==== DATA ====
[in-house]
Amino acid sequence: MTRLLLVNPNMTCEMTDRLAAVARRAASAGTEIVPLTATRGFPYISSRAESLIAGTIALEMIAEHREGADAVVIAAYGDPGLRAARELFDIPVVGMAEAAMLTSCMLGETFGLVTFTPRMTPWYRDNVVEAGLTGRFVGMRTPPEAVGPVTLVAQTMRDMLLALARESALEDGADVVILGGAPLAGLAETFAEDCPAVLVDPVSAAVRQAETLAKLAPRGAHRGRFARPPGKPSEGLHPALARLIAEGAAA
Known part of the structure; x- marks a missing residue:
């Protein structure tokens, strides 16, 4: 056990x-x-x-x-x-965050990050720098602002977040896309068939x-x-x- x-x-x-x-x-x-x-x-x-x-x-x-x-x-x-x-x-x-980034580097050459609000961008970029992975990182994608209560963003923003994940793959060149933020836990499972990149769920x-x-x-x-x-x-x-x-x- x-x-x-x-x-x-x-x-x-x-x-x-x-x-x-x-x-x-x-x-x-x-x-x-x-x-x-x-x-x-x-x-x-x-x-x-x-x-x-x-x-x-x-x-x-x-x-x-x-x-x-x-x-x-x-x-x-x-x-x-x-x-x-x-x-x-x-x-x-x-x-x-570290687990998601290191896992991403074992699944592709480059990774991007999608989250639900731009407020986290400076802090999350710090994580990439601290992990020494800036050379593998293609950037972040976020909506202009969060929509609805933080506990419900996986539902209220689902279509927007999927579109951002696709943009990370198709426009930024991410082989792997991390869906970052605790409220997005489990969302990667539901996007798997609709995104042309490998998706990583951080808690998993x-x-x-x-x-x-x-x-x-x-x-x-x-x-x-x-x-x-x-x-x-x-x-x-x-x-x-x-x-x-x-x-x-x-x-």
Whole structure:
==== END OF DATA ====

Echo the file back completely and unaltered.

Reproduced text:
[in-house]
Amino acid sequence: MTRLLLVNPNMTCEMTDRLAAVARRAASAGTEIVPLTATRGFPYISSRAESLIAGTIALEMIAEHREGADAVVIAAYGDPGLRAARELFDIPVVGMAEAAMLTSCMLGETFGLVTFTPRMTPWYRDNVVEAGLTGRFVGMRTPPEAVGPVTLVAQTMRDMLLALARESALEDGADVVILGGAPLAGLAETFAEDCPAVLVDPVSAAVRQAETLAKLAPRGAHRGRFARPPGKPSEGLHPALARLIAEGAAA
Known part of the structure; x- marks a missing residue:
């Protein structure tokens, strides 16, 4: 056990x-x-x-x-x-965050990050720098602002977040896309068939x-x-x- x-x-x-x-x-x-x-x-x-x-x-x-x-x-x-x-x-x-980034580097050459609000961008970029992975990182994608209560963003923003994940793959060149933020836990499972990149769920x-x-x-x-x-x-x-x-x- x-x-x-x-x-x-x-x-x-x-x-x-x-x-x-x-x-x-x-x-x-x-x-x-x-x-x-x-x-x-x-x-x-x-x-x-x-x-x-x-x-x-x-x-x-x-x-x-x-x-x-x-x-x-x-x-x-x-x-x-x-x-x-x-x-x-x-x-x-x-x-x-570290687990998601290191896992991403074992699944592709480059990774991007999608989250639900731009407020986290400076802090999350710090994580990439601290992990020494800036050379593998293609950037972040976020909506202009969060929509609805933080506990419900996986539902209220689902279509927007999927579109951002696709943009990370198709426009930024991410082989792997991390869906970052605790409220997005489990969302990667539901996007798997609709995104042309490998998706990583951080808690998993x-x-x-x-x-x-x-x-x-x-x-x-x-x-x-x-x-x-x-x-x-x-x-x-x-x-x-x-x-x-x-x-x-x-x-």
Whole structure: